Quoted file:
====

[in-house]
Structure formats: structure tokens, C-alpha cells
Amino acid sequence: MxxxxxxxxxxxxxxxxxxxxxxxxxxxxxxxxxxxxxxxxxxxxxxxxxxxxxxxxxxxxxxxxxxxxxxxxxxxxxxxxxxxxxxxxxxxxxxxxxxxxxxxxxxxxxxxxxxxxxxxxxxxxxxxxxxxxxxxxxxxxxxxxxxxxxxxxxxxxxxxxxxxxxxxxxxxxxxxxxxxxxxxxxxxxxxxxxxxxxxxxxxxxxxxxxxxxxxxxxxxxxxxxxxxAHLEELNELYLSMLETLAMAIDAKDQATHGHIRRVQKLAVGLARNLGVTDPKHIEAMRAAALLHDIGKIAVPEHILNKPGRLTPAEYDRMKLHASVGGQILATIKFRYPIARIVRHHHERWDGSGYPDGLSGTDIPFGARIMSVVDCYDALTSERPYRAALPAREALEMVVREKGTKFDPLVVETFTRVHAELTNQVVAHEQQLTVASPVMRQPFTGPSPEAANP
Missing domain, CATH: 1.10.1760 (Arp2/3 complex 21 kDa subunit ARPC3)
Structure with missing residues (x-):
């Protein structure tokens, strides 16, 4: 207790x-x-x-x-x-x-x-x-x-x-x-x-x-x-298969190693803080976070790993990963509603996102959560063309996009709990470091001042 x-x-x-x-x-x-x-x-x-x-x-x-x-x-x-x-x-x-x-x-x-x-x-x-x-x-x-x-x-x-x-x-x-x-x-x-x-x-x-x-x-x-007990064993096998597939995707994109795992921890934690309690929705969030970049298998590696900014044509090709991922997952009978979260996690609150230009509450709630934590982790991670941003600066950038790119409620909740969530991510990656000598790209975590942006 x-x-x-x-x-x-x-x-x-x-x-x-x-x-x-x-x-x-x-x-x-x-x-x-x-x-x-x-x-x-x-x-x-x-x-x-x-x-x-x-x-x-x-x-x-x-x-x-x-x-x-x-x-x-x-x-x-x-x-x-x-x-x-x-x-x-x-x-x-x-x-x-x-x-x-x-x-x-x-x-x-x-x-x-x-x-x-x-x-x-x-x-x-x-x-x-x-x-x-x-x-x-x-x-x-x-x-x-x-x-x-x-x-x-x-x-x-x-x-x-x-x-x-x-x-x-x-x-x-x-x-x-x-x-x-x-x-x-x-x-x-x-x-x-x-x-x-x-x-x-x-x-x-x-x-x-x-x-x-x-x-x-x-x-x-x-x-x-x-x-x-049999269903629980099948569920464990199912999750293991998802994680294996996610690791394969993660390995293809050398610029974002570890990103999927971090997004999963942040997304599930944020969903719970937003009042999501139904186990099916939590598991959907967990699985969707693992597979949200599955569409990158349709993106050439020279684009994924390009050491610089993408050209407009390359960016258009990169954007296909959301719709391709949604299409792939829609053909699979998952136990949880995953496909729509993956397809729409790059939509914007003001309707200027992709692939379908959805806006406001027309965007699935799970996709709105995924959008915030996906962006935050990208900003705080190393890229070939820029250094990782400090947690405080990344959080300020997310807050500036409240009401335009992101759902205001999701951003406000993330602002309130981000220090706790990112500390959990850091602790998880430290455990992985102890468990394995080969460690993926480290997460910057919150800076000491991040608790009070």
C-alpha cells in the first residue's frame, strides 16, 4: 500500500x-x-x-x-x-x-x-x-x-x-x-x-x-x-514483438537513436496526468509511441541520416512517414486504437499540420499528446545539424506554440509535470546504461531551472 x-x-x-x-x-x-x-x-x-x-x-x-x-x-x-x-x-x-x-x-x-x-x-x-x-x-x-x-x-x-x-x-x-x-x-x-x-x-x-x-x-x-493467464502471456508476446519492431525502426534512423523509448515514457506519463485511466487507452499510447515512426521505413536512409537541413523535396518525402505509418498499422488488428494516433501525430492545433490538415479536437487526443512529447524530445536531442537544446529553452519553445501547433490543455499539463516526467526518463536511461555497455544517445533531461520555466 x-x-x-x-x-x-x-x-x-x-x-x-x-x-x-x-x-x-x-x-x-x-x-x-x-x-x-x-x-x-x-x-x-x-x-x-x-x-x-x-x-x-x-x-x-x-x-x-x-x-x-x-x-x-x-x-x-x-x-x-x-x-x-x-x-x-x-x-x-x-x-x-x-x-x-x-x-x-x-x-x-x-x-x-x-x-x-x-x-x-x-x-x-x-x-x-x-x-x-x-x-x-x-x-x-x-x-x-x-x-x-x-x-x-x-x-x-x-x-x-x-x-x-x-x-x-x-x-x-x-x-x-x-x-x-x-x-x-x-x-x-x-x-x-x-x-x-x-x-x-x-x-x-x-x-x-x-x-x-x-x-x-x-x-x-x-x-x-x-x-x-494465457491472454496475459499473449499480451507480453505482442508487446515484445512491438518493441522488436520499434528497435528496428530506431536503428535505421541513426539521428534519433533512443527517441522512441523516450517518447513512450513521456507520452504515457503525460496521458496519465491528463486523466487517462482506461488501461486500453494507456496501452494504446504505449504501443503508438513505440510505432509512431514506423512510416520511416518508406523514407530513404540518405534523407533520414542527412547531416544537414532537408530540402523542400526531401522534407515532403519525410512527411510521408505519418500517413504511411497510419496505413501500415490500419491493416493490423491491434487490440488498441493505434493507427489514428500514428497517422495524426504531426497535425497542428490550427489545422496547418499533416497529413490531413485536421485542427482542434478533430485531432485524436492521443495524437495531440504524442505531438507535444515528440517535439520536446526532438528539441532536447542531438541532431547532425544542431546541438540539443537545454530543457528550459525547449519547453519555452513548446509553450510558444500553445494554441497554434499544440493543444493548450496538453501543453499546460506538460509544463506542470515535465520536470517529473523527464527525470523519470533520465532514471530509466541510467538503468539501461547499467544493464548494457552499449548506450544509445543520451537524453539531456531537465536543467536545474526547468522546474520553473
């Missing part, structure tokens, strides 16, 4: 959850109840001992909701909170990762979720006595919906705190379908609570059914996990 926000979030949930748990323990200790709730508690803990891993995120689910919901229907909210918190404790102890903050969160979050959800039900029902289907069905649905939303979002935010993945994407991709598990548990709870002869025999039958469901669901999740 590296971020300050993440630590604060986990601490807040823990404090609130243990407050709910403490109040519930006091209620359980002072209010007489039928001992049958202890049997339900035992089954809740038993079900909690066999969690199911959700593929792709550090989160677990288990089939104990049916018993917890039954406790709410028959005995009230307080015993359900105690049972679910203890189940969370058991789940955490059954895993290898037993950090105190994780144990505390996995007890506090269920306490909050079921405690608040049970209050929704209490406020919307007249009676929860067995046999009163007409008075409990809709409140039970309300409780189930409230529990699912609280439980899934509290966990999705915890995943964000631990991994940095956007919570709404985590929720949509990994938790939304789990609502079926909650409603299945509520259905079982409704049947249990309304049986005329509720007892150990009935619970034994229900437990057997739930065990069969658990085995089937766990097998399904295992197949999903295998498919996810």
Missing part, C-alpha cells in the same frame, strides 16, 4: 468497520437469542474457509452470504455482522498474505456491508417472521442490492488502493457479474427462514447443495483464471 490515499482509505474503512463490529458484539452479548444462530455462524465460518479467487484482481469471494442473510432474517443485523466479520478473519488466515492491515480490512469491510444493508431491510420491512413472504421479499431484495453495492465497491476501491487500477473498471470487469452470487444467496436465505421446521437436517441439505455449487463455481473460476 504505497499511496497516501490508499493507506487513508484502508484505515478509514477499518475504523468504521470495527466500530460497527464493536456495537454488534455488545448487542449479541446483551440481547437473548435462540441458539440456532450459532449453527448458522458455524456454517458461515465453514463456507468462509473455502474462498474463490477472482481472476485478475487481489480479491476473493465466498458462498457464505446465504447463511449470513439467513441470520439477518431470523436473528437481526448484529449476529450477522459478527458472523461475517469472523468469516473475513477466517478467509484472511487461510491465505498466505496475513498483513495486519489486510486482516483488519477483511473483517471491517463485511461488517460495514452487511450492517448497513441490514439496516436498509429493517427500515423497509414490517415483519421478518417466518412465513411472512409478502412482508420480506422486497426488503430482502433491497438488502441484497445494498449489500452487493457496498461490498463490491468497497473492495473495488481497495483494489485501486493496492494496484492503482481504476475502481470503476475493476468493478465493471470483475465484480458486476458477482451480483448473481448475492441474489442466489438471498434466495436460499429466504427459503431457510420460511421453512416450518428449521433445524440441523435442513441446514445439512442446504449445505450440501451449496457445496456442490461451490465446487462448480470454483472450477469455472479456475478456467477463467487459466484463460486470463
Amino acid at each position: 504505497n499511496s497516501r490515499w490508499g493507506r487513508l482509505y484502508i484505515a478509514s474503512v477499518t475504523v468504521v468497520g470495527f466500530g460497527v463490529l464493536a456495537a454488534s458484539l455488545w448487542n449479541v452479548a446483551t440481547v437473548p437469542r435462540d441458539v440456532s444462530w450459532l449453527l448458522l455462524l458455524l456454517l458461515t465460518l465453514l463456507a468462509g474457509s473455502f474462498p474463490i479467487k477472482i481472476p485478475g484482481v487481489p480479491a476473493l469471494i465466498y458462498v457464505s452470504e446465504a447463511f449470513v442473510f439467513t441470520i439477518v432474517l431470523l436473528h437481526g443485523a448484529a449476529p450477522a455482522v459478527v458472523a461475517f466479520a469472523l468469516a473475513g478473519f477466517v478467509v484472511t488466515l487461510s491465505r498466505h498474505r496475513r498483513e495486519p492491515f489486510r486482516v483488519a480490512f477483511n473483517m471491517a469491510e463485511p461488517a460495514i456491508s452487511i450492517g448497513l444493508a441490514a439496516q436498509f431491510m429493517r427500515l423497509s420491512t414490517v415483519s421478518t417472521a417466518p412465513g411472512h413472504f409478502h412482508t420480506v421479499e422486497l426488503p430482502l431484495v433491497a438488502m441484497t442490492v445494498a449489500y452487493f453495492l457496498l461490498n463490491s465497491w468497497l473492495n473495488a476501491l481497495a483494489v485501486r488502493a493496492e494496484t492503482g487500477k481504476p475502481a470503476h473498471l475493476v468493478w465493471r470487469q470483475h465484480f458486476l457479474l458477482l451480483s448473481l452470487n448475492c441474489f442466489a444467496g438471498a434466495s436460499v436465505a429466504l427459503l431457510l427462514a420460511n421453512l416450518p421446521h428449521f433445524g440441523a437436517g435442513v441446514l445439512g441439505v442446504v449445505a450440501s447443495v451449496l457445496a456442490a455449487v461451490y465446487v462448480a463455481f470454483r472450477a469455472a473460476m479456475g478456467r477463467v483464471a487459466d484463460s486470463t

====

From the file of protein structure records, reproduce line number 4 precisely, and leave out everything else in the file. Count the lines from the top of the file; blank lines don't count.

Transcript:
Missing domain, CATH: 1.10.1760 (Arp2/3 complex 21 kDa subunit ARPC3)